1164 Families and Facebook
Alex and Maria talk about having family keep tabs on them with social media.
- Slide Show
- Audio Notes
Alex: My mum and dad are on Facebook. My mum doesn't use hers, she uses hers only to kind of see what I'm doing.
Maria: Stalk you?
Alex: Kind of yeah. My dad, he's on Facebook every once in a while. Again, he does kind of stalk me as well because he, he's very paranoid about Facebook, about social media sites so every once in a while I get an email from him and it will be like just so you know this was on your profile and you need to change it or this, or one of your friends commented or put a video on and I don't think that's appropriate if a job seeker looking for you. And I keep telling him I'm unsearchable, you know, like you can't find me but so he only uses it to make himself more paranoid. My mum got Twitter before I did.
Maria: Oh really?
Alex: I still don't have it. She got it for her job. She's working as a chief medical officer so she got it for her company, the start up company she's working for and I don't know, her opinion originally was that it was for people who are really, really self-centered and wanted to tell everyone about what they were feeling and now she's like this thing's actually kind of fun. So she's enjoying that. Both of my parents are on Skype annoyingly often. My dad travels a lot so he has to use Skype to get in contact with my mum. The video feature is really, really good for that, so they're on almost every night I think to each other. I usually receive stuff from them just like overnight or something when they're doing stuff like that, but Twitter is my mum's thing.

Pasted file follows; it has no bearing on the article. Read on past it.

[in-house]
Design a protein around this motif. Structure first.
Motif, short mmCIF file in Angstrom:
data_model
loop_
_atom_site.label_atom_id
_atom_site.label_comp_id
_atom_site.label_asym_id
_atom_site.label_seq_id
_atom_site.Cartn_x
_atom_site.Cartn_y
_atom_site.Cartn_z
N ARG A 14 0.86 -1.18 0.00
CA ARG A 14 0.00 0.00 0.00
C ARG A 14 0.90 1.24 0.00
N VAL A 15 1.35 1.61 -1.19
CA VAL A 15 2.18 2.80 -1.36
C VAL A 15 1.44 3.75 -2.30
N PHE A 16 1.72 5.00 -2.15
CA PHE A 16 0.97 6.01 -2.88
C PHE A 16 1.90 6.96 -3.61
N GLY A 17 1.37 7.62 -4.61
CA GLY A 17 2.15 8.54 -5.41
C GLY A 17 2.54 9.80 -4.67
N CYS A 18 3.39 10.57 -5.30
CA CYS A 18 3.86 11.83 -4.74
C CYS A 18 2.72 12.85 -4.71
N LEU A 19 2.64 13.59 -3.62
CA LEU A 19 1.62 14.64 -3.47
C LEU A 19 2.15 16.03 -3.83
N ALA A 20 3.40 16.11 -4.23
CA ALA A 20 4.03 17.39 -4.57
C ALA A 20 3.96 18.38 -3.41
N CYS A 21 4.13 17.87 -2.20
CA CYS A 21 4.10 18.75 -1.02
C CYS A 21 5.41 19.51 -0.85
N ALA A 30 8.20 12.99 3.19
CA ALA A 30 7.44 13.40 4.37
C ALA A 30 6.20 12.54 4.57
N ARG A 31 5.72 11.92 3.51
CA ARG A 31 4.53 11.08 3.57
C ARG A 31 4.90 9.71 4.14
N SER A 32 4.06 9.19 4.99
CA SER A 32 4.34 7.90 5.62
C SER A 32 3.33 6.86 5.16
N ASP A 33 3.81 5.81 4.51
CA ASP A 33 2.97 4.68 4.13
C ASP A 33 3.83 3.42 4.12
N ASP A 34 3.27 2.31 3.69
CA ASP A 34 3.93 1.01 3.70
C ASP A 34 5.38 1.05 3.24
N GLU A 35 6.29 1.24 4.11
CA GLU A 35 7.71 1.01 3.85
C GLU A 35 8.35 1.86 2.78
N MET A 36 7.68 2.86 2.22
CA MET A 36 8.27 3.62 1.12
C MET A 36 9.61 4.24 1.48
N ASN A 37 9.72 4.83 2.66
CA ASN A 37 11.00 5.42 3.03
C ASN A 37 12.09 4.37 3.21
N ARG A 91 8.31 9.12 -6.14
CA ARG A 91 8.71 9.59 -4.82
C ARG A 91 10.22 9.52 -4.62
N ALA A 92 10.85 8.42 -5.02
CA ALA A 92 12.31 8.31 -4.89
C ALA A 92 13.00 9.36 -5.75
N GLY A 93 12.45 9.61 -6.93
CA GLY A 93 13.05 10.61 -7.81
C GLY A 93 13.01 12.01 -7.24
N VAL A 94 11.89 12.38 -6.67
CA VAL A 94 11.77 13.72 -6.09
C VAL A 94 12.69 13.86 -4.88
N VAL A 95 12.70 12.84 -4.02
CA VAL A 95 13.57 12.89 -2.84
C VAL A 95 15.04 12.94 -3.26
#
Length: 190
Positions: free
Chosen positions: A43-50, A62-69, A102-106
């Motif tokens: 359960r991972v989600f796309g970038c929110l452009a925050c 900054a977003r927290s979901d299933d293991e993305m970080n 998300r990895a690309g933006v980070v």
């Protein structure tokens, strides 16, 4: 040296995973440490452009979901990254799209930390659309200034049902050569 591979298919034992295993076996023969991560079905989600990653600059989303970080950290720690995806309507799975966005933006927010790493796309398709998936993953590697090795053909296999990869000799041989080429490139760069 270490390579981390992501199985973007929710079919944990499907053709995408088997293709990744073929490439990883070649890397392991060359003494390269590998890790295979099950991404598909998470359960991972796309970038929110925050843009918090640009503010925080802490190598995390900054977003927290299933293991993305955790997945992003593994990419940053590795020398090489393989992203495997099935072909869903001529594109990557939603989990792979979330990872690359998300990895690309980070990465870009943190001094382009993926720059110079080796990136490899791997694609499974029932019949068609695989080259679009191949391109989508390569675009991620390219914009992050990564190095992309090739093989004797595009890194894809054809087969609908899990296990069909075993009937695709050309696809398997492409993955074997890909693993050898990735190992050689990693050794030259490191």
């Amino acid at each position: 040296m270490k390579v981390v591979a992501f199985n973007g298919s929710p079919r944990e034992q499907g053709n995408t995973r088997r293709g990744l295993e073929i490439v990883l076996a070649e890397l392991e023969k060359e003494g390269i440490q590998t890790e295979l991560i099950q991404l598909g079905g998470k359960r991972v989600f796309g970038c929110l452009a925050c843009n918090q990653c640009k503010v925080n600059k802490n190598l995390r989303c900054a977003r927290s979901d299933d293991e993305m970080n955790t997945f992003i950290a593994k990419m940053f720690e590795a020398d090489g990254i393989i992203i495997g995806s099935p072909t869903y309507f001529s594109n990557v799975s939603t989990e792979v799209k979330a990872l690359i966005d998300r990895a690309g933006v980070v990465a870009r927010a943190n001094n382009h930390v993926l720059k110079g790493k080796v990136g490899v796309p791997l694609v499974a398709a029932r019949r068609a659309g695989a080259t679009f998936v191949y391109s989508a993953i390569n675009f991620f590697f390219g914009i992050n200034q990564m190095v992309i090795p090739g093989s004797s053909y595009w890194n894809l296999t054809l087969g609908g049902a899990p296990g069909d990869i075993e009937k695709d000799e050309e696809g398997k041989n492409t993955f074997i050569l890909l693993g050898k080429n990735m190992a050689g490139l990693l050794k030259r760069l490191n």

Maria: How do you feel about having your parents on these social media sites?
Alex: In some way, you know, it's good, like if, I don't talk to them ever on social media sites. Well I do it by Skype or something like that. I don't do it on Facebook. I don't do it on Twitter, although I don't have Twitter so it doesn't make a difference but, you know, Facebook, I'm, I don't know, I think it's a bit odd honestly. My parents, there's some stuff on there, you know, it's for my friends. It's not really for them so, I don't know, it's, I feel it can be a bit awkward. My mum has said hey I was looking at your Facebook site the other day and, you know, you instantly go sshhh, oh dear, you bristle, you know, you get nervous because you're like what did she find, so yeah good stuff.
He was stalking me.
We use 'stalk' like this to talk about one person following or finding out information about another person because of an unusual level of interest in that person. Notice the following:
- She actually had to call the police about the man who
was stalking her.
- I don't want you to think I'm stalking you, but I have a
very important question to ask.
He's very paranoid about Facebook.
If you are 'paranoid' about something, you are nervous or scared about it. Usually 'paranoid' is used to describe unreasonable fears. Notice the following:
- She is extremely paranoid about finding spiders in the
- After years of bad traveling luck, she always gets a bit
paranoid before she goes on trips.
I keep telling him I'm unsearchable.
If you are 'unsearchable' on a social media site, it means that someone cannot search for you by name and find you. This is for privacy reasons. Notice the following:
- A good way to keep your social media sites private is to
make yourself unsearchable.
- I will send you a friend request, because my name is
Her opinion, originally, was that it was for people who are
really, really self-centered.
Someone who is 'self-centered' only focuses on himself and doesn't think much about other people. Notice the following:
- Only children can be very spoiled and self-centered.
- He has always been a little self-centered about things
You instantly go shhh, oh dear, you bristle, you know?
Used like this, 'bristle' refers to a feeling of being nervous or on edge. When people start talking about something that makes you uncomfortable, you may tense up at the beginning of the conversation. That is bristling. Notice the following:
- As soon as the phone rang, he bristled with annoyance.
- Every time she hears his name she bristles a little.